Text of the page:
Five Things Northerners Should Not Bring to Live in Florida

As someone who recently moved to The Sunshine State from the northern panhandle of West Virginia (near Pittsburgh), there was a lot to learn about living in a state 1,000 miles south of our hometown. As frequent visitors of Orlando prior to moving, I thought we had a good grip on the reality of living in Florida. However, there are just some things you need to experience to fully understand. Many of the changes we don’t miss about our transition from the snowy northern states to Central Florida. Learning from our first month as new residents, here are five things we realize northerners should not bring to live in Florida.

Trading snowy days for sandy days isn’t the worst idea.

Heavy Clothing or Bedding

That heavy winter coat you keep in your closet or the big down comforter you would bust out on the coldest nights won’t do you any good in Florida. At the coldest, some mornings can dip into the 30s in the winter. From there, the day usually gets warmer. If you’re heading to the theme parks on a cold morning, you’re better off dressing in layers that can more easily be removed and stored in a backpack. The same goes for your bedding. We have found a light quilt with additional light layers to be better than being stuck with a heavy, hot, and thick comforter. It’s fine to keep your jackets and things like gloves because they can be useful on chilly nights. But heavy winter gear will not get enough use to warrant keeping around. Our dogs even gave their winter coats away to dogs in need.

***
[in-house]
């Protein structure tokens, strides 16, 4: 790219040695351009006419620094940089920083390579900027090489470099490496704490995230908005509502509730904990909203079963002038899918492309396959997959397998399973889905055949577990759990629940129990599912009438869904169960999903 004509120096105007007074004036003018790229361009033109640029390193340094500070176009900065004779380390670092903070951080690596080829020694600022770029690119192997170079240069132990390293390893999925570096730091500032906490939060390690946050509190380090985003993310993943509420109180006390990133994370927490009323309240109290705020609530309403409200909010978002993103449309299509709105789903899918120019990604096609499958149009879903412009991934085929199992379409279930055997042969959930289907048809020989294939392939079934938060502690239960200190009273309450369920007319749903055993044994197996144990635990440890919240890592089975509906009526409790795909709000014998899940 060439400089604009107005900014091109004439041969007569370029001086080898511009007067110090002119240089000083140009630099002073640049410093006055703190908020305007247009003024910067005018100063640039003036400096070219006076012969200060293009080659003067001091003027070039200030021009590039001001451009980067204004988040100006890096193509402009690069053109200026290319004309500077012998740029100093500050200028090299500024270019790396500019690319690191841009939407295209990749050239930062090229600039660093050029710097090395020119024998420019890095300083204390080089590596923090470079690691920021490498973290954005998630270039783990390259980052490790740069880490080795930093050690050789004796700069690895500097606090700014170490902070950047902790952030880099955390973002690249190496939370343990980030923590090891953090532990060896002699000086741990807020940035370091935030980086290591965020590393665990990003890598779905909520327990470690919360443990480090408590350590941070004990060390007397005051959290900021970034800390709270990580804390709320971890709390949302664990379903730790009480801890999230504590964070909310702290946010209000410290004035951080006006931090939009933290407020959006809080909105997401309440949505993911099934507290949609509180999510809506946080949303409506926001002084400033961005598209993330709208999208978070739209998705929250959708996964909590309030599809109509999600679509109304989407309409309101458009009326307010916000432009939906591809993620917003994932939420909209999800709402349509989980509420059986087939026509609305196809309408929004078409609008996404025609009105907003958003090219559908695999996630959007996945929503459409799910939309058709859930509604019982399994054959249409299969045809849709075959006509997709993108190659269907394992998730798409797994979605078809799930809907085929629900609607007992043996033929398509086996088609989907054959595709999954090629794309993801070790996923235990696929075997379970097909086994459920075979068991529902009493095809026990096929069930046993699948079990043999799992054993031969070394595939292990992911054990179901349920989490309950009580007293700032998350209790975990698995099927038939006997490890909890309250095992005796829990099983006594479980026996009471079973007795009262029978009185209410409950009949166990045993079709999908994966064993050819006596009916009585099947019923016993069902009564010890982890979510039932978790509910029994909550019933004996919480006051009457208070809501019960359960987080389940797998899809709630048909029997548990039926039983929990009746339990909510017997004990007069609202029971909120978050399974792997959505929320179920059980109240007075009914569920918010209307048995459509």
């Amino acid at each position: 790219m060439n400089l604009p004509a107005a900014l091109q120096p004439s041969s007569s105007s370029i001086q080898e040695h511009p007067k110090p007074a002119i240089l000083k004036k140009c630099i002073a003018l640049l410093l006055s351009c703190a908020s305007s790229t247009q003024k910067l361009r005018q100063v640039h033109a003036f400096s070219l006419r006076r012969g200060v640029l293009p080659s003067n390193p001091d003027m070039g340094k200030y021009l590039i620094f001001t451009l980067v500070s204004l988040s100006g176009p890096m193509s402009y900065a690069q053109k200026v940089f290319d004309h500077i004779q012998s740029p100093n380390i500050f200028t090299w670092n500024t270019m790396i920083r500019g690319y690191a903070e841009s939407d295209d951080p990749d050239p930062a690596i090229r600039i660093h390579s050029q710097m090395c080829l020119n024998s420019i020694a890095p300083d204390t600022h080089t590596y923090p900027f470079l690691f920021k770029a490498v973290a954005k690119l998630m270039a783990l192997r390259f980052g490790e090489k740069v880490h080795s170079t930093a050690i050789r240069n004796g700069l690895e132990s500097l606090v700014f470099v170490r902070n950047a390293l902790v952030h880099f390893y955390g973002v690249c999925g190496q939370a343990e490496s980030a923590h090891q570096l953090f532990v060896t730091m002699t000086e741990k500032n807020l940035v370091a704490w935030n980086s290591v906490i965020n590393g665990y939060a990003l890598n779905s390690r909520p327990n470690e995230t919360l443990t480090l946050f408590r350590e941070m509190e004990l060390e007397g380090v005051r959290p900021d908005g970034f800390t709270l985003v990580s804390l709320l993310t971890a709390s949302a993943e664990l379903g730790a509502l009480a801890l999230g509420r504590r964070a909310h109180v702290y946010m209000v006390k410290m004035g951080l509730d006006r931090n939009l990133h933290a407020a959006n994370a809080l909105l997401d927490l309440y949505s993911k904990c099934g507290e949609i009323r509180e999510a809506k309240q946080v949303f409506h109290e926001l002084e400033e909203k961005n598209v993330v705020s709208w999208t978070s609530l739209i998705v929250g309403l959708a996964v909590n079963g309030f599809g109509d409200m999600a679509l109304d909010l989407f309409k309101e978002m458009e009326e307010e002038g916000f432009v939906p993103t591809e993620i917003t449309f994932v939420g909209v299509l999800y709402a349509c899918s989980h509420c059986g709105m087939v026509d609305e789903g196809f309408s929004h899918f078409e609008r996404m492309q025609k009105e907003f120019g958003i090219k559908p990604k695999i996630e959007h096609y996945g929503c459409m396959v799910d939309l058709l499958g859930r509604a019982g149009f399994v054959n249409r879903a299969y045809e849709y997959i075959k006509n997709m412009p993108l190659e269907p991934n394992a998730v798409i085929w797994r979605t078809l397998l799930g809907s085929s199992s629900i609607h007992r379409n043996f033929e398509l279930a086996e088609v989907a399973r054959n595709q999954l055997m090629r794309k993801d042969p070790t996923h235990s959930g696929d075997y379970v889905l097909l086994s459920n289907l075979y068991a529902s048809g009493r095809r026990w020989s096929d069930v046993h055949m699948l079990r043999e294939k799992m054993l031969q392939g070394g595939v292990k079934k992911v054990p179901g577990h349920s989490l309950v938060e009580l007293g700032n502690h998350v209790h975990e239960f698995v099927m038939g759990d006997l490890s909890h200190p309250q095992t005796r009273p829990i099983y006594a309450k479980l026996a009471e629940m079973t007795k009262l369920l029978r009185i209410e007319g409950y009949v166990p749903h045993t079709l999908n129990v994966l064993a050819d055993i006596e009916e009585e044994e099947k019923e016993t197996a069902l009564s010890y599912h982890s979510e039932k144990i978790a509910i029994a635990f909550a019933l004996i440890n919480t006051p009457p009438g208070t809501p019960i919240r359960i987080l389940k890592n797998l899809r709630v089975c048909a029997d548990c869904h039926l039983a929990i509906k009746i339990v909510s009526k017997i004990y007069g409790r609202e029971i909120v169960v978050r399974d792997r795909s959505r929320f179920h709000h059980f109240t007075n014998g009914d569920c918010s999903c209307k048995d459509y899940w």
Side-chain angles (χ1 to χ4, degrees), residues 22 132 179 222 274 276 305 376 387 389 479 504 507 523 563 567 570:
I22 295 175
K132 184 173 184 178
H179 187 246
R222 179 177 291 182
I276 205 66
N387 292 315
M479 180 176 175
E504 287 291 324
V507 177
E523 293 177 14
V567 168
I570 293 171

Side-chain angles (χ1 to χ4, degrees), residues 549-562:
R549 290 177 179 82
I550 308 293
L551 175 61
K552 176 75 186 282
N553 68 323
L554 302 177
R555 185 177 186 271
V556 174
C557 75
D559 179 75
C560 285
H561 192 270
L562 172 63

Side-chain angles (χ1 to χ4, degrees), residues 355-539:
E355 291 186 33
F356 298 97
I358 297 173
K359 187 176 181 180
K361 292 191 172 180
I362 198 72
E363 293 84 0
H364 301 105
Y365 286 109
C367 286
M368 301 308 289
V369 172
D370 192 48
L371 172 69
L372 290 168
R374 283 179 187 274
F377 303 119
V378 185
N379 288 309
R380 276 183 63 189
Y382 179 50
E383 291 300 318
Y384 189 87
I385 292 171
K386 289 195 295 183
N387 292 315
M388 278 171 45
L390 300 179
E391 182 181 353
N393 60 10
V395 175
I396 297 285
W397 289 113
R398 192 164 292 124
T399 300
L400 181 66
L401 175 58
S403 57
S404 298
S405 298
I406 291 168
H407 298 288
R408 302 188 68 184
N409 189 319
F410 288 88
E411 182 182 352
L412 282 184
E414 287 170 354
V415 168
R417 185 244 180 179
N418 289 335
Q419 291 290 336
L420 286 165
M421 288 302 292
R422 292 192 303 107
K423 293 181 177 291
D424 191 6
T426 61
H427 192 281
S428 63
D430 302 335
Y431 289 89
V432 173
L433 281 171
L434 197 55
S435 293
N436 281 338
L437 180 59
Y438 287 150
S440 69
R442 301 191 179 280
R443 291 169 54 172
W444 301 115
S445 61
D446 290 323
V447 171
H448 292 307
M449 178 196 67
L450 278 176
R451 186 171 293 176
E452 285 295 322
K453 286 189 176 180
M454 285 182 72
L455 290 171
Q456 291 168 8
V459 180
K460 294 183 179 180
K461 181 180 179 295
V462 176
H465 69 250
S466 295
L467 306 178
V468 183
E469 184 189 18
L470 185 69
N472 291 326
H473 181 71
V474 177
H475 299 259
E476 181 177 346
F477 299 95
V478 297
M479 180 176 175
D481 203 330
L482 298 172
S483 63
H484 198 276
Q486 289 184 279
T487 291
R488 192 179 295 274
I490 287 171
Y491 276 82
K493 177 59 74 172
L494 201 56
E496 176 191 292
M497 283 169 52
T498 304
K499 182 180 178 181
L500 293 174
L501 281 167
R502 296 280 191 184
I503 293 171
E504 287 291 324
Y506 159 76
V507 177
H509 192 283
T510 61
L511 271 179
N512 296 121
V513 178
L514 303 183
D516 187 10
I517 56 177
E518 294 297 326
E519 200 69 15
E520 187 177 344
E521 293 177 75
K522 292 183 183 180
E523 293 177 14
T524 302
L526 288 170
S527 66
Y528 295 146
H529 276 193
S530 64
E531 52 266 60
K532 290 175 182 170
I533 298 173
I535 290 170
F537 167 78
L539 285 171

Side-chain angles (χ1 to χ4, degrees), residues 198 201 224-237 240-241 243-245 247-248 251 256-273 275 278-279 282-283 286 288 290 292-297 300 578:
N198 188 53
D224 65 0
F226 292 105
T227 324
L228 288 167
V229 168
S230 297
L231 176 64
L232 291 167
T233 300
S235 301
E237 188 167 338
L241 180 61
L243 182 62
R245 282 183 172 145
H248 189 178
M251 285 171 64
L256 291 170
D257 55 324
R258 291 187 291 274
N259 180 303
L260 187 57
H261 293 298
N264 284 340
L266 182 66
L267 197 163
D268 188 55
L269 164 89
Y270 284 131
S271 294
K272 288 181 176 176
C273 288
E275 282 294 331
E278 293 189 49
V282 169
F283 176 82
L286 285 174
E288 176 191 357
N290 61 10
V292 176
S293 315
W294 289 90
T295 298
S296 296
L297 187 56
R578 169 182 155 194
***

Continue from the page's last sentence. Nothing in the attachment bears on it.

Odie is not upset about not needing his winter coat anymore.

Ice Scrapers, Snow Shovels, or Anything for Winter Weather

Along the same lines as above, you no longer need to drive around with that ice scraper in your car. Nor do you have any use for keeping a snow shovel or bag of rock salt. It just doesn’t get that cold here. Do yourself a favor and give those items to a friend or family member staying in the north. There is no sense in keeping things you won’t get use from. Which brings me to my next item…

December in Florida on a breezy beach.

Your Junk

Most Florida homes are on a concrete slab which means no basement. Most don’t have usable attics either. We have a crawl space attic we don’t want to bother with since I’m sure it’s a hot place to store stuff. Coming from a home with a large finished attic and basement, I thought we would really miss all that storage space. It turns out, we don’t. We purged and purged some more before we moved and realized we didn’t need all that junk hanging around our house. If you haven’t used it in a year or it hasn’t brought you joy in the past year, throw it out, sell it, or give it away. You’ll be surprised how many things you actually don’t need.

Your Sunday Driving

To me Sunday Driving is a leisurely drive on a day when most people aren’t out and about. I remember how empty the roads were in Wheeling, WV on Sundays as we drove home from church. Don’t move to the Orlando area with that expectation. Sundays are busy and traffic can be tough. Locals are off work and making their way to the theme parks. People are on vacation. It’s busy and expecting a relaxing Sunday ride through Florida is not going to happen. We have found some of the best times to travel is on week days in the middle of the day during non rush hour times. Even then, it’s still busy but not as bad as it can be.

The Thought of Visiting the Parks Daily